Descriptive Essay

Reid Rosen

Fundamentals of Journalism


Sioux City Stockyards

I came to a park as close as I could to the red and white John Morrell plant. The private property sign warned me was bright yellow with the picture of a camera on it. The sign didn’t serve a purpose now that the plant was closed. Behind me are Railway Cars and beside it are wheels lying in a pile, they are also rusty and are a reminder of how the stockyards were created, through the railroad. You could hear the cars on the highway as they passed by but not a sound was heard from anything else not a hog or cow or worker that would have been bustling around only twenty years earlier. There was only two semi-trailers parked out front and I saw no one walking around the plant. The parking lot was large, big enough to fit over a hundred cars and now was empty. The field beside the plant was not kept and had lumps and was tall, 6 inches in most parts. The vents on top of the building were rusted and so were much of the cooling units on the roof. Rust is a common color; the old railroad bridge in the distance complemented the colors of the abandoned John Morrell plant.  A fence surrounds the plant premise. It was silver, with barbed wire across the top. It was falling over though and leaned every which way, it looks as tired as the plant does. There is not much life at the yards now, I can make out people in the home depot in the distance and can see cars coming in and out of the store. There are two other buildings behind me but I don’t see anyone coming or going. I had been to a hog processing plant before and I recognized the shoots in which trucks would unload pigs into the plant. Even from a distance I could see the cement is cracked and the bumpers along the wall are worn from trucks coming and going. I look up and see that the sky is gray even at 7 in the afternoon, but the sense that even with the sun out the plant would still look worn out.

The Stockyards and the John Morrell plant played a profound role in Sioux City’s history.  James Booge started off the success of the stockyards by opening the first hog plant in 1858. It was a major success due to the Missouri River, which was just over the highway and the Railroads. At Sioux City’s peak it was comparable to the Union Stock Yards in Chicago, Omaha and Kansas City.  The John Morrell plant had been built in 1957 for Iowa Dressed Pork. John Morrell bought the plant in 1993. With its closing in April some 1,500 employees had been let go. The amazing thing about the stockyards is what sheer size it had been, to now only being an open lot with a Home depot, some small businesses, and a strip club.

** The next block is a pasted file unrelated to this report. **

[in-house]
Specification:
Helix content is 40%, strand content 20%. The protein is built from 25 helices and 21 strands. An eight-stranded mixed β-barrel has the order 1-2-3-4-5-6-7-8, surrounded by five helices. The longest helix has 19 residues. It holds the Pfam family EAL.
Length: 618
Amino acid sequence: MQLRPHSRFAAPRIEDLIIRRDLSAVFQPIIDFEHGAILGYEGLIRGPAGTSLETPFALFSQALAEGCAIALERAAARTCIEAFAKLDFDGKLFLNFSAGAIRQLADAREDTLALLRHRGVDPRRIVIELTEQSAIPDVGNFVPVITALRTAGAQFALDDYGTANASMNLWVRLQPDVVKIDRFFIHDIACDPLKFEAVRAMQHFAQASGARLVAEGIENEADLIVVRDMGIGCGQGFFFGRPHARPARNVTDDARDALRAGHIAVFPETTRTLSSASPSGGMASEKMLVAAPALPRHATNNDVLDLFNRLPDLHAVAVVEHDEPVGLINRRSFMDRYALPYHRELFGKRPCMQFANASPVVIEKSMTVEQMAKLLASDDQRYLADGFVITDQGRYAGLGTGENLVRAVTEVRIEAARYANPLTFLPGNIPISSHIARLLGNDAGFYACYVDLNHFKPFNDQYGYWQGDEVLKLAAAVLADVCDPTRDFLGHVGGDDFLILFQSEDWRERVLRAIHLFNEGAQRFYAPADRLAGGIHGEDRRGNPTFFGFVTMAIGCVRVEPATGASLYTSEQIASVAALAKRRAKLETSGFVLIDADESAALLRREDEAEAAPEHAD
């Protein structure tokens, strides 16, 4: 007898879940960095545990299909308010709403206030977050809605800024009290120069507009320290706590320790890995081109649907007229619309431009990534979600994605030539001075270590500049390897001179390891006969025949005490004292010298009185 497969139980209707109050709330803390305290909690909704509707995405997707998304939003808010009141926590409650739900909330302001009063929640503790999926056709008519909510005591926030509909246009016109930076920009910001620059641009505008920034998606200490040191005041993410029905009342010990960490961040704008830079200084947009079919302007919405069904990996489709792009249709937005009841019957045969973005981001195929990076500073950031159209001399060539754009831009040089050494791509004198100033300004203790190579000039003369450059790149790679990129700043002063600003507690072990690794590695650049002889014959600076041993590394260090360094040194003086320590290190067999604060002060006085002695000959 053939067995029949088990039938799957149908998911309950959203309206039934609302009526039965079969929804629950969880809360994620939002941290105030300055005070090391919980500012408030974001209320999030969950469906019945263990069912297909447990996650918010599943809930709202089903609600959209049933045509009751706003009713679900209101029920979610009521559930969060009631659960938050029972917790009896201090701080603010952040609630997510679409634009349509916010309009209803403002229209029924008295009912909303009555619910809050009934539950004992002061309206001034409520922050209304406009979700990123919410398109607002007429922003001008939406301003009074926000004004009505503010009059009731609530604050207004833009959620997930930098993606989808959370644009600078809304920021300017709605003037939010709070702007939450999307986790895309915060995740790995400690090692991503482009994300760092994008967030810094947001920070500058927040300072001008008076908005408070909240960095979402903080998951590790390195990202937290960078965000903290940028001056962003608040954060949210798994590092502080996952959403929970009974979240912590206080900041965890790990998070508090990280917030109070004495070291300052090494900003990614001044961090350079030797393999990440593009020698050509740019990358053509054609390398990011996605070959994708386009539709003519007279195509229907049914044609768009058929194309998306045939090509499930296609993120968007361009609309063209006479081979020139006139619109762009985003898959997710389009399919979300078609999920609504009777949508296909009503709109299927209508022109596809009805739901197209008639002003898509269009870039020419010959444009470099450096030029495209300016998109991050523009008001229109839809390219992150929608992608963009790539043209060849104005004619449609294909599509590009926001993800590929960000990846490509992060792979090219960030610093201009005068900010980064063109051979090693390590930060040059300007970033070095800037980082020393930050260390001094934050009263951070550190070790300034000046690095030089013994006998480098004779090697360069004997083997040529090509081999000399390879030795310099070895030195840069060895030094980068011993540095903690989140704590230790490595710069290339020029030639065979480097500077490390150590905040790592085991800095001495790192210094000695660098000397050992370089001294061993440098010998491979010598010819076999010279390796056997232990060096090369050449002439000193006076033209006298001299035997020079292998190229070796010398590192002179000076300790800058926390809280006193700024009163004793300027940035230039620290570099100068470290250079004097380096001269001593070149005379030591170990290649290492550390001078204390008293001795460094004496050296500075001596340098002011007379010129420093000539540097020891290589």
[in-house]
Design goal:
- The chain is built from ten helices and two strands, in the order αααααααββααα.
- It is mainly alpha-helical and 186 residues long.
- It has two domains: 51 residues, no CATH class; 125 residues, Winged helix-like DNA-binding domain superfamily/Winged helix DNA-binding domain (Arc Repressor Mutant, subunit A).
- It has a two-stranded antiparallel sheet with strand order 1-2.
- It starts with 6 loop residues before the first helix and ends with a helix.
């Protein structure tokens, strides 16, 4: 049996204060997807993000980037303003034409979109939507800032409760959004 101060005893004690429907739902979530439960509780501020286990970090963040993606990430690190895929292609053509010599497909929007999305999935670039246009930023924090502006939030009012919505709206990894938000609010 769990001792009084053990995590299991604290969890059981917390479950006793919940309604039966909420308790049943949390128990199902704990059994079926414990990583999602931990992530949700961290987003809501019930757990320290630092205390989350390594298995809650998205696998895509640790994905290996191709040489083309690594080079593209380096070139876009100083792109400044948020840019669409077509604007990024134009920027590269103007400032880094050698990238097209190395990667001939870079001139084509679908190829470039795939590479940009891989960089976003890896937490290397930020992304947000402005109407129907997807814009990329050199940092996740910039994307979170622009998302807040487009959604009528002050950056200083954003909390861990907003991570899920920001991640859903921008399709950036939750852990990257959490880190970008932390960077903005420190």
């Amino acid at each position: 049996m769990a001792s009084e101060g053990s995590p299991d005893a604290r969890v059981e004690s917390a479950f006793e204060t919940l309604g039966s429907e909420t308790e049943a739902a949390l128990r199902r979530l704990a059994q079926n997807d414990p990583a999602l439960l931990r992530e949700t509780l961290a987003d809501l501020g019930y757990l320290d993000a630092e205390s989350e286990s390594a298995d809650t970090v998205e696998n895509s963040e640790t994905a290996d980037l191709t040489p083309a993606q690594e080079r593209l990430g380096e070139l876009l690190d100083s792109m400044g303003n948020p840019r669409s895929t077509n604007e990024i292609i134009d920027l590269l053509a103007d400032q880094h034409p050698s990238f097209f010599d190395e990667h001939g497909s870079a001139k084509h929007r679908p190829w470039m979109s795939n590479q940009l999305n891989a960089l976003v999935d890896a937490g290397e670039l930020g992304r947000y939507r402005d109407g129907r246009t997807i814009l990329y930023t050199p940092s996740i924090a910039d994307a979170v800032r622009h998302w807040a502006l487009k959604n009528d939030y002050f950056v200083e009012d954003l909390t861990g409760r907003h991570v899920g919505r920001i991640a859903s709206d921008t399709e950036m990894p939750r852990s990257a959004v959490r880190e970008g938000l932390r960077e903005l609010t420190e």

My black shoes had stepped into the puddle which had shown up since my last visit. It was dreary out, and 12 in the afternoon. The yards had more life then when I was here last and I noticed the new workings of the yards. The John Morrell plant had several cars now parked around it and several people with yellow hard hats were coming and going from the front exit facing the East. I heard a churn of what sounded like a Venting system on top of the building. The John Morrell Sign on the side of the building says “Making a Difference.” There is a large metal wall separating the highway and the plants. It was put up to separate anyone driving from the view of the stockyards, back when there was a stockyard.